Call it a hackneyed attempt to force a positive narrative down your collective throats if you must, but I really feel like all of the changes around VEB can turn into a Spring Training of sorts.
Before I get into any of the reasons for that, though, I owe you all an introduction.
My name is Paul Foeller, and I've been writing about sports for a while. I was a featured columnist on another sports site (which I won't plug here -- if you want to find my old material, just use google) for about three years.
I was quoted in the Rory McIlroy biography -- and that's it. I've not really accomplished anything of significance in the sports journalism world, and I'm not sure that's a bad thing.
I think it can actually be a good thing, in fact, precisely for the purposes of what is effectively a relaunch of VEB. Right now, to maintain both the passion and quality we all have come to expect from VEB, we don't need a sea of syndicated journalists to come crashing in.
Basically, we need people who live (and die) with their favorite team, rather than people who make a living off of their favorite team.
Maybe I shouldn't toss around the word "we" since I've never commented on the page before. I've read articles most days, though, and I what I read was equal parts fantastically well-written and passionate.
Why didn't I ever comment? Basically, I was swamped with non-baseball duties. I had two weddings (one mine, and the other by younger brother's), college graduation, and a trip to Colorado all crammed into a pretty tight window.
So if I'm out of line for giving my opinion on anything happening around here, please let me know -- I'll gladly slink back into the shadows. If I'm not out of line, I feel like there's a great chance for everyone to gain a positive outlook around here, and I'd like the chance to explain why that is.
As baseball fans, we all know the feeling that comes when November rolls around. It usually involves setting an alarm for the morning that pitchers and catchers report, and then biding our time with football... and also family and stuff like that, I guess.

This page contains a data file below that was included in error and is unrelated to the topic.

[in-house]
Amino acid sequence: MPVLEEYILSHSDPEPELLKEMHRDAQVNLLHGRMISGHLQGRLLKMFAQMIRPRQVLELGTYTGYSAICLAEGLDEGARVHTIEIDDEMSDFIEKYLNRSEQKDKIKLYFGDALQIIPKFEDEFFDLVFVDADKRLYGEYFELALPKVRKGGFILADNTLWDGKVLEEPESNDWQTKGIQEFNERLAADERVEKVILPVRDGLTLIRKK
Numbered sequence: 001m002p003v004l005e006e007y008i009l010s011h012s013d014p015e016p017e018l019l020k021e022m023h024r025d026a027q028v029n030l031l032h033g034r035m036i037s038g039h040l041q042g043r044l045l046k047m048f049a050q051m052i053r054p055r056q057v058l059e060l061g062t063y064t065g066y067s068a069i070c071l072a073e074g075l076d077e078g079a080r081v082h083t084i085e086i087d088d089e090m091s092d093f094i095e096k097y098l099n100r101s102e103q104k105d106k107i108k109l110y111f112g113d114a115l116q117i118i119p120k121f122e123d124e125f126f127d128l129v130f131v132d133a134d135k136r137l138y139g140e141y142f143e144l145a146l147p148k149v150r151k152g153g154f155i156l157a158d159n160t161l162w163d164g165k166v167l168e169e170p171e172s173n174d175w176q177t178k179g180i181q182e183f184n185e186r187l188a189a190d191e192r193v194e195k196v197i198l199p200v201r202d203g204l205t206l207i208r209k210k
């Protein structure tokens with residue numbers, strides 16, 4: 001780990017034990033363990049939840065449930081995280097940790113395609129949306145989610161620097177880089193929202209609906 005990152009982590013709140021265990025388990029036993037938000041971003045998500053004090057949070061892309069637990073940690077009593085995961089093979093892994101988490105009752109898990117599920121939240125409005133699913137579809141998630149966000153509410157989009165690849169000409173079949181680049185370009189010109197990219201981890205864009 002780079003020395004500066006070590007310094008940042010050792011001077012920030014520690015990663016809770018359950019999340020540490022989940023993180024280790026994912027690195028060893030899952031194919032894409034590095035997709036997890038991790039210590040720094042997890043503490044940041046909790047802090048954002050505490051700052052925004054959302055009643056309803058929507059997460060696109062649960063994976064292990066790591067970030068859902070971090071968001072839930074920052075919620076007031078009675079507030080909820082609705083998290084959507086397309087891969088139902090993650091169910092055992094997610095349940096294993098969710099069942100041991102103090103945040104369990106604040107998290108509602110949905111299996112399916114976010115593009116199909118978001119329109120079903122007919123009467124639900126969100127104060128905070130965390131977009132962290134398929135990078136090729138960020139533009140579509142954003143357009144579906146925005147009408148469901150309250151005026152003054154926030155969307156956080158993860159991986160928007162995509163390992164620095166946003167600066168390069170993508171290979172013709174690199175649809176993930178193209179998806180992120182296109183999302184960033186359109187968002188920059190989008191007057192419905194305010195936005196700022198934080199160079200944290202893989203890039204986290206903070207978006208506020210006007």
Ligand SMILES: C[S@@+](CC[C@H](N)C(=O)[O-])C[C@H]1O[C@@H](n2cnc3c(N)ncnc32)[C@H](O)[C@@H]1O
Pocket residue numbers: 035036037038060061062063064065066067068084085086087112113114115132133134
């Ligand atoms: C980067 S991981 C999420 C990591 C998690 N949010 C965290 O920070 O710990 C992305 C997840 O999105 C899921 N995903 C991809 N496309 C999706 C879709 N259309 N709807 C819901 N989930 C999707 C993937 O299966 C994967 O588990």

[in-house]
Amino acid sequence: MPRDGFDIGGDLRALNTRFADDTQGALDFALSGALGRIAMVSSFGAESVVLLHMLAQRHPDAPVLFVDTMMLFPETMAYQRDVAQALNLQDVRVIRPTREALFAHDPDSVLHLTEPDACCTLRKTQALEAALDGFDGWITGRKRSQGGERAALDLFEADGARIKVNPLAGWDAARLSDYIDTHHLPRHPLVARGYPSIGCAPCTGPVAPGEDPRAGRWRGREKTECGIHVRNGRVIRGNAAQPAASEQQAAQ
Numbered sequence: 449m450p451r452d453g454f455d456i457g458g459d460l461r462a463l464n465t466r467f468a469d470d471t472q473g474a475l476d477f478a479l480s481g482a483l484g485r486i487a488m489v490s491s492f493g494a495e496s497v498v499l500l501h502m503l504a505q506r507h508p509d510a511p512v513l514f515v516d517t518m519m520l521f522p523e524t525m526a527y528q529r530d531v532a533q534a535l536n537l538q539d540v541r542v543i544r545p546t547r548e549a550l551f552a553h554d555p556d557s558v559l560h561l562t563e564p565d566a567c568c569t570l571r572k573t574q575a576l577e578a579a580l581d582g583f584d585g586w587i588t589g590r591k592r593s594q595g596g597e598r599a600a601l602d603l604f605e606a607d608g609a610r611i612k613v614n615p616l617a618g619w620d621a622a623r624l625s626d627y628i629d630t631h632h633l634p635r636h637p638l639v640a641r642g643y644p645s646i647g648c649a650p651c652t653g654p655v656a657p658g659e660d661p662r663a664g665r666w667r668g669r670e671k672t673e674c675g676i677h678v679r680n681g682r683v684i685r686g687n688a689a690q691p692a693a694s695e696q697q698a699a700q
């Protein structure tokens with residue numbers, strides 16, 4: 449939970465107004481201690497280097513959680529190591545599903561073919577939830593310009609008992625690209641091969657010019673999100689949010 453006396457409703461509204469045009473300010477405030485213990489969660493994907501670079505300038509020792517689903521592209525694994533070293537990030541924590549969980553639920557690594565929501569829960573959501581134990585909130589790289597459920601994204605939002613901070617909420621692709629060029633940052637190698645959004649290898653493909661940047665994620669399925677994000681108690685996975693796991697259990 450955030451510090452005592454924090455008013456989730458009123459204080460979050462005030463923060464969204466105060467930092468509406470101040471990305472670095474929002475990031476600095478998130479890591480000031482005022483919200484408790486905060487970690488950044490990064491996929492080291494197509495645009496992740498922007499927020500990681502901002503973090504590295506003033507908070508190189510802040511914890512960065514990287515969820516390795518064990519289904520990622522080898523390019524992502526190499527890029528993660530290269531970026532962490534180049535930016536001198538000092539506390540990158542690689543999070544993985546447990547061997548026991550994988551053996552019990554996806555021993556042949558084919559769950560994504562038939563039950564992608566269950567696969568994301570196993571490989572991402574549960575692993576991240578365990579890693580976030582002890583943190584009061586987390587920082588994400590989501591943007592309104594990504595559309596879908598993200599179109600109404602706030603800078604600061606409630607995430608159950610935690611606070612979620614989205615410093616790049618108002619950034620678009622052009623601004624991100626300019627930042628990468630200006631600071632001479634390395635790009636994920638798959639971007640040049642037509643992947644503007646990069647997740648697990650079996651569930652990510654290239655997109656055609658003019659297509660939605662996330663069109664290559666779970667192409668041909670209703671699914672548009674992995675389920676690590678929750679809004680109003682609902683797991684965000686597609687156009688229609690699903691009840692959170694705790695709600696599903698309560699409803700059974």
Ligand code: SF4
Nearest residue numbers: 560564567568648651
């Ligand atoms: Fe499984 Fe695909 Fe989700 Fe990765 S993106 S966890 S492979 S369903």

We're nearing the point when baseball takes center stage in the American sports world, and to me, that's the best time of year. I was just looking through a box of old stuff at my parents house the last time I visited, and found an old school assignment from when I was 7 years old.
We were supposed to write about one of our hobbies -- and that front-toothless version of me surprised today's version. I read what I wrote about baseball, and how I ended it, while it echoes how I feel today, was surprising to me.
"To others, baseball might just be a hobby.
To me, baseball is a way of life."
Yeah, maybe the Mario-Kart obsessed version of me felt more strongly than I do now -- now I've got work, family and other stuff that comes before baseball -- but that little guy was onto something.
Baseball is more than just a hobby, and one of the reasons is because of the beautiful way that certain aspects of the game mirror everyday life.
In baseball and in life, one-on-one battles often affect more than just the two involved.
In baseball and in life, sometimes people who are wrong get the final say just because they have the power to do so.
In baseball and in life, sometimes a little luck goes farther than a lot of talent.
And, fittingly enough, in baseball and at Viva El Birdos, Spring Training is always a good thing, regardless of how good or bad the year before may have been.
Spring Training means a fresh start, sunny skies, and that nearly inexplicable confluence of smells that makes baseball feel like baseball. As a result, World Series Champions and the Chicago Cubs feel the same when Spring Training rolls around -- they both feel excited.
Excited for the possibilities.
Excited for the return of familiar faces.
Excited to see some new faces.
Whatever the reason, any baseball player or fan worth their weight in sunflower seeds and rosin bags is excited for Spring Training.
That's where I stand on the changes around VEB -- I'm excited for Spring Training.